Local names: Achiti (Ilk.); achote (Tag.); achoete (Tagb.); achuete (Tag., Sbl., Bik., P. Bis., Ilk.); asoti (Ibn.); atsiute (Sbl.); apatut (Gad.); asuite (Ilk.); asuti (Tag.); atseuete (Tag.); atsuite (Ilk.); chanang (Sul.); chotes (S. L. Bis.); janang (Sul.); sotis (C. Bis.); annatto (Engl.).
Achuete is usually planted in and about towns throughout the Philippines. It is a native of tropical America, and is now pantropic in cultivation.
This tree grows from 4 to 6 meters in height. The leaves are entire, ovate, 8 to 20 centimeters long, and 5 to 12 centimeters wide, with broad, more or less heart-shaped base, and pointed wide, with board, m, and pointed tip. The flowers are white or pinkish, 4 to 6 centimeters in diameter, and borne on terminal panicles. The capsules are ovoid or somewhat rounded, reddish brown, about 4 centimeters long, and covered with long, slender, rather soft spines; and contain many small seeds, which are covered with a red pulp, which yields a well-known dye.
The seeds are used locally for coloring food. The coloring matter of the fruit, annatto, is employed commercially for coloring butter and in the preparation of various polishes for russet lather. According to Burkill, the roots impart to meat the taste and color of saffron. A fairy good fiber may be obtained from the bark.
Etti reports that the coloring matter in the seeds is bixin. Wehmer records that the seeds contain a fatty oil with palmitin, a little stearin, and phytosterol.
The leaves and dye are official in the Dutch and Mexican Pharmacopoeias.
In the Philippines, the achuete dye is much used with lime as an external application in erysipelas. Father de Sta. Maria reports that achuete is effective for burns, and mixed with coconut, is applied to the throat. According to Guerrero, a decoction of the bark is employed in febrile catarrhs. The red, resinous substance of the seeds is considered an efficient remedy for certain skin diseases. Tavera says that the fine powder, which covers the seeds, is used as haemostatic, and internally as a stomachic.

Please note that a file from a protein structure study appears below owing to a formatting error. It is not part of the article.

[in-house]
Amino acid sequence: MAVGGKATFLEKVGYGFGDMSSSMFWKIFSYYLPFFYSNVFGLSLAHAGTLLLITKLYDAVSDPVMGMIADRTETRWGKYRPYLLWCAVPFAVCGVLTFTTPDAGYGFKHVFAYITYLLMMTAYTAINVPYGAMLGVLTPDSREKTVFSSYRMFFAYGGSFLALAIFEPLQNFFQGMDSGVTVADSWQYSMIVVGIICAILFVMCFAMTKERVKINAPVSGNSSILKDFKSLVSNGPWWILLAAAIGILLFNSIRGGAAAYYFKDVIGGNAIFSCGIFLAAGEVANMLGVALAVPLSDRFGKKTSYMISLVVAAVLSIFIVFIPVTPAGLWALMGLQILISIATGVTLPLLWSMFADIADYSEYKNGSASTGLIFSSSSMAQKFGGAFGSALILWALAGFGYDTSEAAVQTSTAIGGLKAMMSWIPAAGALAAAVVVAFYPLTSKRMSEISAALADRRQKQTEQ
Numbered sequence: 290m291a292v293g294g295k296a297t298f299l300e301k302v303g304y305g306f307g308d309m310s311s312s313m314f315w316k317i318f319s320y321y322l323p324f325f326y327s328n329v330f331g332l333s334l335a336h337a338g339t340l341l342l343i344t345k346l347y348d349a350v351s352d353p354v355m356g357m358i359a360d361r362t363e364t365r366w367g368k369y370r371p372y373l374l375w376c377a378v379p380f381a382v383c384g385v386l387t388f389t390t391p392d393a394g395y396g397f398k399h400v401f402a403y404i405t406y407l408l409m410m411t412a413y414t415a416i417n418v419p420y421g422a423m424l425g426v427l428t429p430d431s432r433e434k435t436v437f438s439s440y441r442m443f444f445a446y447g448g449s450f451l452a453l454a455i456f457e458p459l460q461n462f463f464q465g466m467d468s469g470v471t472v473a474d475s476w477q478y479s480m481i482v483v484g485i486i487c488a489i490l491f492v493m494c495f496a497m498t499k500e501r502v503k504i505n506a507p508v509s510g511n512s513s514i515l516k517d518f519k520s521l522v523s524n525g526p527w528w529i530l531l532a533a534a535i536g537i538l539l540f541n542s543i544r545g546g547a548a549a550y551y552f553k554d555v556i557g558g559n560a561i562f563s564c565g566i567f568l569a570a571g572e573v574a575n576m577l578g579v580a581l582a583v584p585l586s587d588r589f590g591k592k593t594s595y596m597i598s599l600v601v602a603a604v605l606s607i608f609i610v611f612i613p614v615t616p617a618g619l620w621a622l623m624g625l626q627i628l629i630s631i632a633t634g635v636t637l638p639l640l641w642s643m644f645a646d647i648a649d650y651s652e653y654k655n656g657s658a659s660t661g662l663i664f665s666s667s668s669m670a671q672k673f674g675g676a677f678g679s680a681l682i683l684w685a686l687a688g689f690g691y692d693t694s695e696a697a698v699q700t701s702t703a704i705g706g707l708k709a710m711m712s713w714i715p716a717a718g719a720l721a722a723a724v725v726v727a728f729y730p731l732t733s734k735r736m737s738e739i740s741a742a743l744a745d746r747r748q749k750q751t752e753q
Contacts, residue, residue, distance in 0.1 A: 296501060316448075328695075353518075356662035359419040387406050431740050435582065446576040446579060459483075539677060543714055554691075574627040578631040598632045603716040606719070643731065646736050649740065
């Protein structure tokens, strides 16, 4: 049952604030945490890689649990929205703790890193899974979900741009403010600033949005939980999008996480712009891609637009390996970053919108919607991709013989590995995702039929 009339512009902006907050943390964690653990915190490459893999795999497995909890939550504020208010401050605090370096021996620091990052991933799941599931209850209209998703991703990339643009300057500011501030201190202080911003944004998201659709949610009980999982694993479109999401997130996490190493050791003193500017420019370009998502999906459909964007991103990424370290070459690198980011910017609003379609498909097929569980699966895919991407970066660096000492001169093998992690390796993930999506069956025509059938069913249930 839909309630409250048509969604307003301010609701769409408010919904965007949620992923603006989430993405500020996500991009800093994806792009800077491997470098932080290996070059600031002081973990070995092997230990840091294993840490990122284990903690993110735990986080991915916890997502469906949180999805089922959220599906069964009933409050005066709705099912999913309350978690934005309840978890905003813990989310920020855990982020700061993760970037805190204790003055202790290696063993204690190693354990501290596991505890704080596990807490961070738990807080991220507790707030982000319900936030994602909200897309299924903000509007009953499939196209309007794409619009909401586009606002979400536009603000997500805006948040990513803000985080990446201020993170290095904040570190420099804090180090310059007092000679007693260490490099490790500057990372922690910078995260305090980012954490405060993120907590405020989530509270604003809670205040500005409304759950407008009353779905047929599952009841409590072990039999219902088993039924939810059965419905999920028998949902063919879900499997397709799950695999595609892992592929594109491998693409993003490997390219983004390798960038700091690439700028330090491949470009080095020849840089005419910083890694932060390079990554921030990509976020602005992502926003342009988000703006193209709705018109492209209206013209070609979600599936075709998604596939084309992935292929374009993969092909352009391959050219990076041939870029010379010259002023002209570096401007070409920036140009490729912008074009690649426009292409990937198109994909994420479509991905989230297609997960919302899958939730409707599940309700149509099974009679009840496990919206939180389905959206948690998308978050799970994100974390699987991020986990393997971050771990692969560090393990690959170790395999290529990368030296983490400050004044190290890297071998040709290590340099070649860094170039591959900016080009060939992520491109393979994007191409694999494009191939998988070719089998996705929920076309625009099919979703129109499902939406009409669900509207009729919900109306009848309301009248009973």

The root-bark is antiperiodic and antipyretic. In French Guiana an infusion is prescribed as a purgative in dysentery. The leaves are used snakebite. They are applied as poultices as topicals to relive headache. A decoction of them is employed as a gargle for sore throat. The leaves, pounded and macerated in water, are diuretic and a remedy for gonorrhea. The fresh branches in infusion produces a kind of gum or mucilage like gum Arabic and is considered in the Antilles as a good emollient.
The seeds are slightly astringent and in decoction are very good remedy for gonorrhea. The seeds also posses antiperiodic and antipyretic properties, but to a lesser extent. The pulp (annatto) surrounding the seeds is astringent and slightly purgative and is given in dysentery and diseases of the kidneys. The pulp of the seeds, if applied immediately to burns, is said to prevent the formulation of blisters or scars. In Uruguay, the seeds ground and boiled in re employed in burns. The pulp is also prescribed for stomachache. The seeds are said to be an antidote to cassava and Jatropha curcas poisoning. The oil of the seeds is effective in leprosy.
Bureau of Plant Industry, DA